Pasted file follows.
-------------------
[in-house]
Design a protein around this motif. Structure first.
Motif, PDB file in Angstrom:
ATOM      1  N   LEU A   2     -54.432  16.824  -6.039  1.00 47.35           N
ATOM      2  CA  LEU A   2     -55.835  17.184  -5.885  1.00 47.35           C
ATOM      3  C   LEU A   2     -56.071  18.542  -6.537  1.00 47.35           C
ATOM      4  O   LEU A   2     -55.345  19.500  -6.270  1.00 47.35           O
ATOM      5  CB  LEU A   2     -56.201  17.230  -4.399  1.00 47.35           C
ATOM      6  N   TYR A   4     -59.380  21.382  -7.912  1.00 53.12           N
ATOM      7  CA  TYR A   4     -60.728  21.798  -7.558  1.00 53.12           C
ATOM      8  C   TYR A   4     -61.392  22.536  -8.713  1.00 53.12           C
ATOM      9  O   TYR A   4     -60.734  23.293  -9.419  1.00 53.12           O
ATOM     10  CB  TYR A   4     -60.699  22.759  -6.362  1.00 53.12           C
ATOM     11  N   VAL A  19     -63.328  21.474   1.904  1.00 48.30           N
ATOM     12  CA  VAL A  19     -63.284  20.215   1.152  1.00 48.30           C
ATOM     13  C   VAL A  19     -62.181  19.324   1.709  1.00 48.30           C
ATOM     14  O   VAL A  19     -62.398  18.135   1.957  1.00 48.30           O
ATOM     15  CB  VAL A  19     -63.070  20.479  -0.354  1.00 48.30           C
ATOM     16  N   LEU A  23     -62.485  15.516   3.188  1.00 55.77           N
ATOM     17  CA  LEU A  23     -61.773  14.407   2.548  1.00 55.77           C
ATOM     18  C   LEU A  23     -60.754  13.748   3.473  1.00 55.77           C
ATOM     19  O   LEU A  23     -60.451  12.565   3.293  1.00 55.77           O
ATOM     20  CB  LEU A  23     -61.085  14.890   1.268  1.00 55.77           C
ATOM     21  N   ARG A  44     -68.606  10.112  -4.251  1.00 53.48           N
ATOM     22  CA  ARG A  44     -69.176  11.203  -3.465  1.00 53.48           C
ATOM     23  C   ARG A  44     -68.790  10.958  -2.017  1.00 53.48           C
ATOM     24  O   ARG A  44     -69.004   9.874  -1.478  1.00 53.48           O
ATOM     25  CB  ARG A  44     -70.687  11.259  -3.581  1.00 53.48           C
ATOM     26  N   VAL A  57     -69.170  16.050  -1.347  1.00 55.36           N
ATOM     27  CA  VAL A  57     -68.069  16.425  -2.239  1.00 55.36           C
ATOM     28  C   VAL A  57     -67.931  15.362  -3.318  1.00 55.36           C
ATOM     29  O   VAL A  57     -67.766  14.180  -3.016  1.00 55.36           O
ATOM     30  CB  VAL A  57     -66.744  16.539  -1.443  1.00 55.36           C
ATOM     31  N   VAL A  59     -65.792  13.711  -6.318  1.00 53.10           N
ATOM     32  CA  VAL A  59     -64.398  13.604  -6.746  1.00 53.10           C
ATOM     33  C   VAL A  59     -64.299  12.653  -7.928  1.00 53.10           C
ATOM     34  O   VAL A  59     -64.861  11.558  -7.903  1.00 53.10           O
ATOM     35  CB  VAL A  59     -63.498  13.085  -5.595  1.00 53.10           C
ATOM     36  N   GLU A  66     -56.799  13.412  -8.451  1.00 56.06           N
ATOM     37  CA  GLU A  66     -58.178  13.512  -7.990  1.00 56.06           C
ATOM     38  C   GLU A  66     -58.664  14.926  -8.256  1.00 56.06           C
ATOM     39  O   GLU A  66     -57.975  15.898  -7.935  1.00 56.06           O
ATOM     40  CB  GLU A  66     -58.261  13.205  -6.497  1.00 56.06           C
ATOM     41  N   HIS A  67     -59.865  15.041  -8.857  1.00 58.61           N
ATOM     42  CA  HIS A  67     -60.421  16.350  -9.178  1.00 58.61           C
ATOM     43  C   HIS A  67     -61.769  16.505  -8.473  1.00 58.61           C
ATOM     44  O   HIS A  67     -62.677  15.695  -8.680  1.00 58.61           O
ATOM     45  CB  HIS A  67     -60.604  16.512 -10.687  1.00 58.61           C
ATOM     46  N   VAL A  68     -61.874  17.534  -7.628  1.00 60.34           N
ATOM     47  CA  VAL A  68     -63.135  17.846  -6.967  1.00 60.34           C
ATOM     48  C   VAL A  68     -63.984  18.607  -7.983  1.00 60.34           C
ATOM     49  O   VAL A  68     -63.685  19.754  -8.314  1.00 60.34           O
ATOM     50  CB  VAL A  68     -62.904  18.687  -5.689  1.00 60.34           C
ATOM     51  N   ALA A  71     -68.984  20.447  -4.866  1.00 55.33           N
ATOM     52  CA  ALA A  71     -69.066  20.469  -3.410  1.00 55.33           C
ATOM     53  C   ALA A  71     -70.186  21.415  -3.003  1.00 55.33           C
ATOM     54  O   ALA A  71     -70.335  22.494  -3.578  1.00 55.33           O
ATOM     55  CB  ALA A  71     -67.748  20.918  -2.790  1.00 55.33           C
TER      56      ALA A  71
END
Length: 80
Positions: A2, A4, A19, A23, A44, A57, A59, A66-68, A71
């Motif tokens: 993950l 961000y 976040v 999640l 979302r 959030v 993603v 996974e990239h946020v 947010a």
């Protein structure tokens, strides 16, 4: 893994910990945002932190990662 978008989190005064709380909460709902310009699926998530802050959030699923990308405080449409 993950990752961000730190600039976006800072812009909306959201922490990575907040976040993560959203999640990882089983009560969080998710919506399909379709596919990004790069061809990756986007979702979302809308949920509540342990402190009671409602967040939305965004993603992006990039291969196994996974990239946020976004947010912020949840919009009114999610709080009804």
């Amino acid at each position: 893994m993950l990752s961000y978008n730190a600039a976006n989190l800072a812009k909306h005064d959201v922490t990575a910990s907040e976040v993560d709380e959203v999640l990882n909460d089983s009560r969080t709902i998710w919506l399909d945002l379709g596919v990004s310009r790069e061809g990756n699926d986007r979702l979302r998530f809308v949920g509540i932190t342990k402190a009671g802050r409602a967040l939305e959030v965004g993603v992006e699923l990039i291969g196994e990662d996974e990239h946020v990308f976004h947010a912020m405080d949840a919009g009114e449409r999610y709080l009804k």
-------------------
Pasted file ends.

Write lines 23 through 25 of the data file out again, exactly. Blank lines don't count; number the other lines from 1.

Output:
ATOM     20  CB  LEU A  23     -61.085  14.890   1.268  1.00 55.77           C
ATOM     21  N   ARG A  44     -68.606  10.112  -4.251  1.00 53.48           N
ATOM     22  CA  ARG A  44     -69.176  11.203  -3.465  1.00 53.48           C